The McGhee court also distinguished Gerald on the basis that the jury in Gerald was not given the option of the lesser included offense of simple assault, whereas the jury in McGhee was instructed on simple assault and did not choose that option. McGhee, 174 So.3d at 472. Here, like in McGhee, the jury was given the option of simple assault and did not choose that option. Instead, the jury chose aggravated assault with a deadly weapon. The fact that the jury did not choose simple assault in this case could support a conclusion that the jury was not mistaken in its verdict on aggravated assault but simply chose to pardon Proctor on the firearm issue.
However, on count one, the jury found Proctor guilty of the lesser included offense of battery on person over sixty-five even though the jury was given the option of finding that Proctor committed aggravated battery with a deadly weapon on a person over sixty-five and the State offered evidence that Proctor had hit his father with the gun. See State v. Williams, 10 So.3d 1172, 1174 (Fla. 3d DCA 2009) (citing cases for the proposition that a firearm can be a deadly weapon for purposes of aggravated battery when it is used as a club, stick, or bludgeon). Thus, the jury rejected the evidence that Proctor hit his father with a gun, further indicating that the jury did not believe that Proctor used a gun in the offenses against his father and that the jury did not intend to find that Proctor used a deadly weapon in the assault in count two. Thus, this case is distinguishable from McGhee because we cannot say with confidence that the jury knowingly rejected the lesser included offense of simple assault but simply pardoned Proctor on the firearm finding necessary for the charged offense.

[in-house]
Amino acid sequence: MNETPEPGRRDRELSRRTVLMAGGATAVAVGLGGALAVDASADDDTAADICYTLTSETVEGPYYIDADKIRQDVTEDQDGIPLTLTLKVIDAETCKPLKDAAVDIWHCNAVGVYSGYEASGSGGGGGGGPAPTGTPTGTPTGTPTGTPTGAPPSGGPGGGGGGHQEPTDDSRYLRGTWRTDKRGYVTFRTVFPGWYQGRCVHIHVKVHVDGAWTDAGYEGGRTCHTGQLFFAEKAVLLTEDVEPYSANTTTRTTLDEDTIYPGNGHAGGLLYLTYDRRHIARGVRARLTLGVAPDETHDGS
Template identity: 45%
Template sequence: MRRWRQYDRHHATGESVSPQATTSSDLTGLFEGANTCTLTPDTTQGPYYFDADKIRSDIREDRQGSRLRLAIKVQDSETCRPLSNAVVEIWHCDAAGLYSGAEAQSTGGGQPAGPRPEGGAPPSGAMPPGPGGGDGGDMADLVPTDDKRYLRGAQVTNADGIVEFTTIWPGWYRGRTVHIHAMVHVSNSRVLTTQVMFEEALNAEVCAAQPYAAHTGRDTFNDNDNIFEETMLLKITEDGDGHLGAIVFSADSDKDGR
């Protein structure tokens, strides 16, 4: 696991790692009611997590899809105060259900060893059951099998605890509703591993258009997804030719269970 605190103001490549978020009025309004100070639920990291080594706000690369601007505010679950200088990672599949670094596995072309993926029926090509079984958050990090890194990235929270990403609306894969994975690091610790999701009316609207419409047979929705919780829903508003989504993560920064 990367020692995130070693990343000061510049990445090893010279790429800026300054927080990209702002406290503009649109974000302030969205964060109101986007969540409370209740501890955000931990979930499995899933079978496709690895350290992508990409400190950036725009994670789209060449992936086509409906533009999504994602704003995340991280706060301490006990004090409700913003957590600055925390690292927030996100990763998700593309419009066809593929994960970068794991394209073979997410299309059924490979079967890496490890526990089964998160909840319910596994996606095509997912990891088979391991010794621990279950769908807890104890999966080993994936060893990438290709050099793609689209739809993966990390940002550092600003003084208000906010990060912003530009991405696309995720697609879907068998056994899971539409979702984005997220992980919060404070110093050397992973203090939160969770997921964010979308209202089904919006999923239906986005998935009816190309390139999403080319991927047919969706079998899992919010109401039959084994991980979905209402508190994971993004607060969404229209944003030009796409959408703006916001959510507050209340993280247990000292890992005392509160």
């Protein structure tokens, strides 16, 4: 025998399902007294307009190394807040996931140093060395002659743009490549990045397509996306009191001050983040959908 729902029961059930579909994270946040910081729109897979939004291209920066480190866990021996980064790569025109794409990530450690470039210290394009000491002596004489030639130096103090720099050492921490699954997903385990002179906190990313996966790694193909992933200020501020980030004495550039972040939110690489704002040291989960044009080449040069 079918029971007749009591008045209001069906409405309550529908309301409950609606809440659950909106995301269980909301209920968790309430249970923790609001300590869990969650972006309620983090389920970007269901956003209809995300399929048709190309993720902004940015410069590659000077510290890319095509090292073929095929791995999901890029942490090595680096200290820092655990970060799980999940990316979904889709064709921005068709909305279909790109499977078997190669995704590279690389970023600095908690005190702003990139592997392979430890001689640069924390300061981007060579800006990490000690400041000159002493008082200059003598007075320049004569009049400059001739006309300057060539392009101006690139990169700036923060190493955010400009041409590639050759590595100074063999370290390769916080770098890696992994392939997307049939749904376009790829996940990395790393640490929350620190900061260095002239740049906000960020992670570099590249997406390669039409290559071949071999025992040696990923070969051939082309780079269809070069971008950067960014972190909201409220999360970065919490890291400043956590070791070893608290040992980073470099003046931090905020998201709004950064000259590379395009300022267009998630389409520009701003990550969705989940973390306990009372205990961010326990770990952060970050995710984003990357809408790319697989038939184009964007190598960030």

The State argues that the jury may have pardoned Proctor because it found that the firearm he possessed was not loaded. It is true that based on the evidence presented by the State, an unloaded firearm would have supported a finding of a deadly weapon for purposes of aggravated assault with a deadly weapon. See Williams, 10 So.3d at 1174 (recognizing that “[i]f the firearm is ․ used to put the victim in fear to commit an aggravated assault or a robbery, it is a deadly weapon as a matter of law[,] ․ regardless of whether the firearm is loaded or capable of being fired” and holding that firearm was a deadly weapon for purposes of aggravated battery where defendant used it to strike the victim in the head). But this does not explain the inconsistent findings because the unloaded gun would have also supported a finding that Proctor possessed a firearm. See Bentley v. State, 501 So.2d 600, 602 (Fla.1987) (“[T]he state need only have proved that the weapon in Mrs. Bentley's possession was designed to or could be readily converted to expel a projectile [in order to support a minimum mandatory for possession of a firearm]․ Whether the gun in her possession was loaded or whether she had available ammunition is irrelevant.” (citations omitted)). Therefore, a finding that Proctor did not possess a firearm because the gun was unloaded is inconsistent with a finding that that same unloaded firearm was a deadly weapon.